MEMETERIA by Thomas May

Music & the Arts

Finnish Creation

March is going to bring a lot of Sibelius to my ears, as the Seattle Symphony marks his 150th anniversary with an ambitious Sibelius Festival to include not just all seven symphonies (conducted by principal guest conductor Thomas Dausgaard) but the Violin Concerto and Finlandia.

According to the SSO, this three-week festival will be “the most extensive festival of Sibelius’s music this year in the U.S.” Even Seattle’s Nordic Heritage Museum is joining in for the Finnish focus with an exhibit titled Finland: Designed Environments. The exhibit will examine:

the explosion of creativity in Finnish design over the last 15 years. Examples of furnishings, fashion, and craft, as well as architecture and urbanism, illustrate how nearly every aspect of Finnish life incorporates thoughtful design thinking—from city streets and summer homes to fashion and food—and is marked by sensitivity to form and material. The exhibition is the first significant U.S. museum presentation since the 1990s to examine contemporary Finnish design.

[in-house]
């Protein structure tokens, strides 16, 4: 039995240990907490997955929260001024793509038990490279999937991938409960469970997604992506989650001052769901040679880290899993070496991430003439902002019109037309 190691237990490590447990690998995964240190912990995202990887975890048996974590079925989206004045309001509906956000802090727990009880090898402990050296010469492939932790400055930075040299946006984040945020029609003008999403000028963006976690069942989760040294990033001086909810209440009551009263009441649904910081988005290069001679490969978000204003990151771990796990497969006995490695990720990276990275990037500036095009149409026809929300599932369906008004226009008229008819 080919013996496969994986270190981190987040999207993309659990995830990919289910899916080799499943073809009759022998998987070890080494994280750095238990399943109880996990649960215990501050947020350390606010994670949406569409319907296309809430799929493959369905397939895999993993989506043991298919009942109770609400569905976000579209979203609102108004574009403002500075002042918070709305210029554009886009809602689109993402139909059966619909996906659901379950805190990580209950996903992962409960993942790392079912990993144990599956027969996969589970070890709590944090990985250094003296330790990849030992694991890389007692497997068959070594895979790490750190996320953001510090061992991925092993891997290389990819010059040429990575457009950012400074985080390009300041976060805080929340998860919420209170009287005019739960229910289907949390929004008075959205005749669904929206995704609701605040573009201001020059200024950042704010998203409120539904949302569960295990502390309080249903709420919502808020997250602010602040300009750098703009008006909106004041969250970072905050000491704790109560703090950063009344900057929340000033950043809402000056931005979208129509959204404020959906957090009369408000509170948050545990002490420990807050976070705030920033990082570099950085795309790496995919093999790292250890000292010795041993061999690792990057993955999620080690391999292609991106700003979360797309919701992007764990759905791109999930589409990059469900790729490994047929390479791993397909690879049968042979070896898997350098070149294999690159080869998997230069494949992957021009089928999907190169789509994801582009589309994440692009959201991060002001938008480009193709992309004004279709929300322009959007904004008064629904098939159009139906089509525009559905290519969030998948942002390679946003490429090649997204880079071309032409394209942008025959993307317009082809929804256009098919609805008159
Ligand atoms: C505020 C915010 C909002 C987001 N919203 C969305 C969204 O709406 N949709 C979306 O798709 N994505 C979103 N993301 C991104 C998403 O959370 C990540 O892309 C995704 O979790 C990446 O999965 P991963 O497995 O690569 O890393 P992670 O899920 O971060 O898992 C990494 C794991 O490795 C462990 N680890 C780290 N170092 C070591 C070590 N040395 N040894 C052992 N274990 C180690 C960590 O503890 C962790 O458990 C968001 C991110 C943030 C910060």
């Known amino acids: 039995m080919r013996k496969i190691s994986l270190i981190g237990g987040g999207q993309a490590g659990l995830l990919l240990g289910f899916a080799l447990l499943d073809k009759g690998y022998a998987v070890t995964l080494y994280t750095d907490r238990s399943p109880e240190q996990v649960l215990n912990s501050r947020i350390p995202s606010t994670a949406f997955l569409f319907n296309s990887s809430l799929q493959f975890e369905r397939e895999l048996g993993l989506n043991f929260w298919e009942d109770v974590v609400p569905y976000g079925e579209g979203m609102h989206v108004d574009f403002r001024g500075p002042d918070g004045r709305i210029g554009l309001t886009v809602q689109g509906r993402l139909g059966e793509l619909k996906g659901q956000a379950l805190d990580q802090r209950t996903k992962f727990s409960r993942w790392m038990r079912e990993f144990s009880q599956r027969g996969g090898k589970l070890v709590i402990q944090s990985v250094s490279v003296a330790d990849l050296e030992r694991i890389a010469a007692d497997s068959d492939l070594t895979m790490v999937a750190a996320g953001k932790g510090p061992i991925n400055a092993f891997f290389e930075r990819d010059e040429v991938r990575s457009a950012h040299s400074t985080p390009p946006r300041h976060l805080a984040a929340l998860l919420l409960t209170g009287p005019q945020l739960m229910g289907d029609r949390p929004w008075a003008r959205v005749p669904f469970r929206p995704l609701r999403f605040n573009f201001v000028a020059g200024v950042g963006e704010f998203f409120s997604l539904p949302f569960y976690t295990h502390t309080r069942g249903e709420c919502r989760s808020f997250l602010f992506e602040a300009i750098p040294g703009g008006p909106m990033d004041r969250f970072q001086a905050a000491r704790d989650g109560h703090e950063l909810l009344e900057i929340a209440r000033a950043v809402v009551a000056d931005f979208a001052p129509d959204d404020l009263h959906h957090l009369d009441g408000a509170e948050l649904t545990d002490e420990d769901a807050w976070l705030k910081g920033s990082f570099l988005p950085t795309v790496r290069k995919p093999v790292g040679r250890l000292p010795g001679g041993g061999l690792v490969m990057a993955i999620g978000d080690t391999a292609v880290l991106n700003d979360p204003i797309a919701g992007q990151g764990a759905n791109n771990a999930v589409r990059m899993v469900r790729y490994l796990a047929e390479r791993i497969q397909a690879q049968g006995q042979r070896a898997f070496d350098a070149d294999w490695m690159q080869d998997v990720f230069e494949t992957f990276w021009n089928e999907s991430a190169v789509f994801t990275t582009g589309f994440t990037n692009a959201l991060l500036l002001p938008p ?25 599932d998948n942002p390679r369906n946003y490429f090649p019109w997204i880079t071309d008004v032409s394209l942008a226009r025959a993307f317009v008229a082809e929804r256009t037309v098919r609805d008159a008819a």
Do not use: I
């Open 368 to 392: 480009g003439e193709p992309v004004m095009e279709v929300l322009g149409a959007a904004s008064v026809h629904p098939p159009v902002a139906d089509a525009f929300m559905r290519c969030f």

Meanwhile, next week reunites Thomas Adès (as composer and conductor) with the San Francisco Symphony for a program on creation themes: along with his new video-accompanied piece In Seven Days, Adès will conduct Charles Ives’s The Unanswered Question, Darius Milhaud’s La Création du monde, and the remarkable tone poem-with-soprano Luonnotar. (My contribution to the program book is here.)

Filed under: programming, San Francisco Symphony, Sibelius

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  1. […] a glance at San Francisco Symphony’s recent “Creation” program, which included the […]

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